The approach taken by European supervisory authorities is largely in line with the approach of the DPC where reprimands are issued in concert with other corrective measures. In 2021, there were only three instances – in Sweden, Malta and Belgium – where a reprimand was issued as a compliance tool without an additional corrective measure.
The use of reprimands by the UK’s Information Commissioner’s Office (ICO)
Since 2021, the ICO has increased its use of reprimands as a corrective measure and in December 2022, it began to publish all reprimands, unless there is a particular reason not to. There is a high threshold for non-publication, which includes matters of national security or where publication could jeopardise an on-going investigation. This approach forms part of the ICO’s new strategic approach to regulatory action.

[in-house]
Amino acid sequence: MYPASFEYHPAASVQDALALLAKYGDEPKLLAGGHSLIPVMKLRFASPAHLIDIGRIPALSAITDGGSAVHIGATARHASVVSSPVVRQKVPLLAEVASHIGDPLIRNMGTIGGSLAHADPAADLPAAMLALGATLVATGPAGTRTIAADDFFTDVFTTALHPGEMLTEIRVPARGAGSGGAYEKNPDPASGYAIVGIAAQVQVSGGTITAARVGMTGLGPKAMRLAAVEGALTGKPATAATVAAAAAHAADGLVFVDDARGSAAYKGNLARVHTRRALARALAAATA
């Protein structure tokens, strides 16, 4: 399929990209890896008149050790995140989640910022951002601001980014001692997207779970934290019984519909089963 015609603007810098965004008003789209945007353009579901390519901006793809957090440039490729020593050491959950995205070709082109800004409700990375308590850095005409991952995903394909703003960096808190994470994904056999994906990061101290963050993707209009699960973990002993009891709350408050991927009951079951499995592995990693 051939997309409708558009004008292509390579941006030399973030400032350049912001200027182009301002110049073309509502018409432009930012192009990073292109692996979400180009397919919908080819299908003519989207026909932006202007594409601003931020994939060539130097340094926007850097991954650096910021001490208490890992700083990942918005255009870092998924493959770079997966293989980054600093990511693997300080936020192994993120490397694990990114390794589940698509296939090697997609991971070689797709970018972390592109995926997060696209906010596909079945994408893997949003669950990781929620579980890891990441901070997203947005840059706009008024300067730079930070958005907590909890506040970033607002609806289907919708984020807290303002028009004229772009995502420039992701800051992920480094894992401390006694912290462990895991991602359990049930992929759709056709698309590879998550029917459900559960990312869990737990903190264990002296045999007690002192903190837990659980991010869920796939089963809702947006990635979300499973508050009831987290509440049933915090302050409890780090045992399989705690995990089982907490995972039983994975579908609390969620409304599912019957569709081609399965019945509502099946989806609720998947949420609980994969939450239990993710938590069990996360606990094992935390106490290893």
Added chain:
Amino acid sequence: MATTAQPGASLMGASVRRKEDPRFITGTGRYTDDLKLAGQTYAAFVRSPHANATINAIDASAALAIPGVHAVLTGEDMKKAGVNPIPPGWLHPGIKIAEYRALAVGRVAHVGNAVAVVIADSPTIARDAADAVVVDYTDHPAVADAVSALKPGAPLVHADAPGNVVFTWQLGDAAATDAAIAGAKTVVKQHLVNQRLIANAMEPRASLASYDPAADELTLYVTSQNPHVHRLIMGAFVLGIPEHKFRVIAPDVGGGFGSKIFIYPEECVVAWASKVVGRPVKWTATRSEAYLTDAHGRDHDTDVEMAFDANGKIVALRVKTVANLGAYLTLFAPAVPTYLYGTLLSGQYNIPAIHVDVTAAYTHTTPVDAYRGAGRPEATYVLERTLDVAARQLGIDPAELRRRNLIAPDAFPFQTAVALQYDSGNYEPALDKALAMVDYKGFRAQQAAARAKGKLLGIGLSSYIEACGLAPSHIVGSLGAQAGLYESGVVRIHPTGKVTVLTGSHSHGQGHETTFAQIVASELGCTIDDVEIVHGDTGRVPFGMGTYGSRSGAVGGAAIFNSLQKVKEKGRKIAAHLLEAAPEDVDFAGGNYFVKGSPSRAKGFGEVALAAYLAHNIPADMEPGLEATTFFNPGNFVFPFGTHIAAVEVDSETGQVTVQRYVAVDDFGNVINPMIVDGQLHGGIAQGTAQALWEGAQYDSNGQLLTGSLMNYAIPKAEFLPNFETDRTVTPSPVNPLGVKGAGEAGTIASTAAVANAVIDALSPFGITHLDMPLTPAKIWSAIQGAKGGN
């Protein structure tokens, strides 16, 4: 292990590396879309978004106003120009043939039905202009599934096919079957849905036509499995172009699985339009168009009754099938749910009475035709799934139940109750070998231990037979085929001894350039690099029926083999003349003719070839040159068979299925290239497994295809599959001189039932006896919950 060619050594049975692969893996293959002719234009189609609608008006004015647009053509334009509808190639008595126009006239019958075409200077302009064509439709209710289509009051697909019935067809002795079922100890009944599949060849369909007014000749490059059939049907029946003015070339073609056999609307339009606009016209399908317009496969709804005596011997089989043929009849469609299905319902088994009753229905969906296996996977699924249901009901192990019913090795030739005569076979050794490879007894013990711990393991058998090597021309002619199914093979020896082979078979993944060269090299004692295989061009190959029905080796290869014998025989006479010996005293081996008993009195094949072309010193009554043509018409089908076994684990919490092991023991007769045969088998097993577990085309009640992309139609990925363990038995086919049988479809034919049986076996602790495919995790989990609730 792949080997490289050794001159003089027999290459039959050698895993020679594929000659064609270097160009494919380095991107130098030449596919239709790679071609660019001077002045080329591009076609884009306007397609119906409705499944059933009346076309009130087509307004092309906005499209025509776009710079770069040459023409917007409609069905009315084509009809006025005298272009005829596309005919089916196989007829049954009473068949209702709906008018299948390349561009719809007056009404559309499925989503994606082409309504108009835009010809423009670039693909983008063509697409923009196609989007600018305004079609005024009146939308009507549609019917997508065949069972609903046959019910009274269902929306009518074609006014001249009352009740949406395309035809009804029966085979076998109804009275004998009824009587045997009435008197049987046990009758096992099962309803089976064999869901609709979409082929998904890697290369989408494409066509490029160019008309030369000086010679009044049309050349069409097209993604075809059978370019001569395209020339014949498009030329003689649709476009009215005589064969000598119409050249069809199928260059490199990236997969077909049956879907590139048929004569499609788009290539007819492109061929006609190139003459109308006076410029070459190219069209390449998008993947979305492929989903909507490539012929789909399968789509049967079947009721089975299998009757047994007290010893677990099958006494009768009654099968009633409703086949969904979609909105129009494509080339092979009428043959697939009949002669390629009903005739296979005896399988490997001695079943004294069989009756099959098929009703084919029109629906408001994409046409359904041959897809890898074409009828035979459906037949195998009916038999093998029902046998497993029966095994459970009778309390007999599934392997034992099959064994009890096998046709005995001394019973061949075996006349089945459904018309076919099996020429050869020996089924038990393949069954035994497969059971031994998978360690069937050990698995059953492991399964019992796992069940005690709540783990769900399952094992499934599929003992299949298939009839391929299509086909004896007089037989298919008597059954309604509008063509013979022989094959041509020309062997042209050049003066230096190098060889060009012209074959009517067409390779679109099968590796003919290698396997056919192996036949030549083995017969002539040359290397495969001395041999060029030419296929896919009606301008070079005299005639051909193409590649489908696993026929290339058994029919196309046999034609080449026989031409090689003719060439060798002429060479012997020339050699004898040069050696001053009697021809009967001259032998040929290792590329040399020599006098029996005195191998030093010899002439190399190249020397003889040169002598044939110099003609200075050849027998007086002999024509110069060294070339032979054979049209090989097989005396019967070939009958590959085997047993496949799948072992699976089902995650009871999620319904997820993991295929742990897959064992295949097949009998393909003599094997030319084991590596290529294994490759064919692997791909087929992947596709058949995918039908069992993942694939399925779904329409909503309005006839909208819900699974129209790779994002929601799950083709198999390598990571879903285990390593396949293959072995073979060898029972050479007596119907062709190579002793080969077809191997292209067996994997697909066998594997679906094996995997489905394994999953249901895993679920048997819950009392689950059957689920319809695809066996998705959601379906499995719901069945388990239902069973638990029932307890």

John Edwards, UK Information Commissioner, has stated that the publication of reprimands aims to increase accountability, enable the wider economy to learn from the infringements of others and provide certainty as to what the law requires from data controllers and processors.
In its Strategy Report 2022-2027, the DPC has committed to applying the “full suite” of corrective measures to regulate effectively in a rapidly evolving sector. We anticipate that the DPC will continue to use non-financial corrective measures such as reprimands both as a standalone measure and in combination with other measures to drive compliance with the GDPR.